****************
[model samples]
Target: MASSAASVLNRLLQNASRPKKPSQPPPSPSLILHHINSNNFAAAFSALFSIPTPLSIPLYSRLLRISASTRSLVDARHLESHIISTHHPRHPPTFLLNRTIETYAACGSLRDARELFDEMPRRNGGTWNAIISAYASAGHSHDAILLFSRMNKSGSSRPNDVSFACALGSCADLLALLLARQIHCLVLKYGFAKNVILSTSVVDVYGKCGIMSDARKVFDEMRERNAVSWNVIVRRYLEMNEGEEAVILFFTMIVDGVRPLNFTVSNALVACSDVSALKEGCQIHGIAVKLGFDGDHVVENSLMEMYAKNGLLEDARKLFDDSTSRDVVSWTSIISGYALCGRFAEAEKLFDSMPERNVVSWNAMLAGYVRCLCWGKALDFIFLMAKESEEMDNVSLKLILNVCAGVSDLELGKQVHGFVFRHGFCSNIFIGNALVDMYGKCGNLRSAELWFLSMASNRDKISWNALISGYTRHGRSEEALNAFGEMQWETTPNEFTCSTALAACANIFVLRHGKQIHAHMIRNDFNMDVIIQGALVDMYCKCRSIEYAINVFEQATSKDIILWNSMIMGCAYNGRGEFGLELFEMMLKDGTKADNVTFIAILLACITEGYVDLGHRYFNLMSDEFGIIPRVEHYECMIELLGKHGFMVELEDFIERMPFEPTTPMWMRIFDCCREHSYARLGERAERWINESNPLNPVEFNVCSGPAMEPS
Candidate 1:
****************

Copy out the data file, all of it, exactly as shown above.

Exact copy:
[model samples]
Target: MASSAASVLNRLLQNASRPKKPSQPPPSPSLILHHINSNNFAAAFSALFSIPTPLSIPLYSRLLRISASTRSLVDARHLESHIISTHHPRHPPTFLLNRTIETYAACGSLRDARELFDEMPRRNGGTWNAIISAYASAGHSHDAILLFSRMNKSGSSRPNDVSFACALGSCADLLALLLARQIHCLVLKYGFAKNVILSTSVVDVYGKCGIMSDARKVFDEMRERNAVSWNVIVRRYLEMNEGEEAVILFFTMIVDGVRPLNFTVSNALVACSDVSALKEGCQIHGIAVKLGFDGDHVVENSLMEMYAKNGLLEDARKLFDDSTSRDVVSWTSIISGYALCGRFAEAEKLFDSMPERNVVSWNAMLAGYVRCLCWGKALDFIFLMAKESEEMDNVSLKLILNVCAGVSDLELGKQVHGFVFRHGFCSNIFIGNALVDMYGKCGNLRSAELWFLSMASNRDKISWNALISGYTRHGRSEEALNAFGEMQWETTPNEFTCSTALAACANIFVLRHGKQIHAHMIRNDFNMDVIIQGALVDMYCKCRSIEYAINVFEQATSKDIILWNSMIMGCAYNGRGEFGLELFEMMLKDGTKADNVTFIAILLACITEGYVDLGHRYFNLMSDEFGIIPRVEHYECMIELLGKHGFMVELEDFIERMPFEPTTPMWMRIFDCCREHSYARLGERAERWINESNPLNPVEFNVCSGPAMEPS
Candidate 1: